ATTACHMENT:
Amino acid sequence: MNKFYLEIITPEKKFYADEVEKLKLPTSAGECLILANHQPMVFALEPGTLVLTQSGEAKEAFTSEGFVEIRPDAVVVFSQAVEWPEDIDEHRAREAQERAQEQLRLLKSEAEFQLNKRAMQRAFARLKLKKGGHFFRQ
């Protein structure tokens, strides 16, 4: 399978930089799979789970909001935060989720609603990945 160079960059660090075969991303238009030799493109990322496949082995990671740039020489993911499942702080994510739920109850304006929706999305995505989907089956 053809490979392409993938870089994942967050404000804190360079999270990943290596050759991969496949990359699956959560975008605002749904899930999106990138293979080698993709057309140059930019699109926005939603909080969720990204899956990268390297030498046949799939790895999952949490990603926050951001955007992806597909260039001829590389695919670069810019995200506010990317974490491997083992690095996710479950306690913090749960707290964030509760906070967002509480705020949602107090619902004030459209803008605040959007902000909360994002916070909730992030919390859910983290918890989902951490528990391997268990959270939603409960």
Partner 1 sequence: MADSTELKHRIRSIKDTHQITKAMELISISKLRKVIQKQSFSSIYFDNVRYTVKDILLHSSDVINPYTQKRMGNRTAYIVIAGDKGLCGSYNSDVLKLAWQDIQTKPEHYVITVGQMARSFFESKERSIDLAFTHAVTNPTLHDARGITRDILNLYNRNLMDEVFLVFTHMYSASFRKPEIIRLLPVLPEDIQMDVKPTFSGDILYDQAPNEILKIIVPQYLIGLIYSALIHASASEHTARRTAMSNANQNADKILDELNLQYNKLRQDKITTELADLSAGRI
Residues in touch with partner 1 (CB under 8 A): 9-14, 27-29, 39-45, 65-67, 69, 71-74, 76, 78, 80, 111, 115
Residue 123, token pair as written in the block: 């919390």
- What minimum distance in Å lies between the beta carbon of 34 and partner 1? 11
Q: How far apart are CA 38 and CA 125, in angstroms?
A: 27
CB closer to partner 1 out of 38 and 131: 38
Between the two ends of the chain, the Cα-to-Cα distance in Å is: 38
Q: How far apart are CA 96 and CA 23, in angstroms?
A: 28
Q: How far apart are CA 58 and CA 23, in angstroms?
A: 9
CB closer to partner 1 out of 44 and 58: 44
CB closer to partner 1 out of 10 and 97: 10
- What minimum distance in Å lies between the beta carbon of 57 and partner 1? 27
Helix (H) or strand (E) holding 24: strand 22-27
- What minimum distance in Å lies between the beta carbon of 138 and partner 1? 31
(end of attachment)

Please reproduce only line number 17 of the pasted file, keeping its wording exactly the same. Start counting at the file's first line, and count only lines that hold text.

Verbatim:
- What minimum distance in Å lies between the beta carbon of 57 and partner 1? 27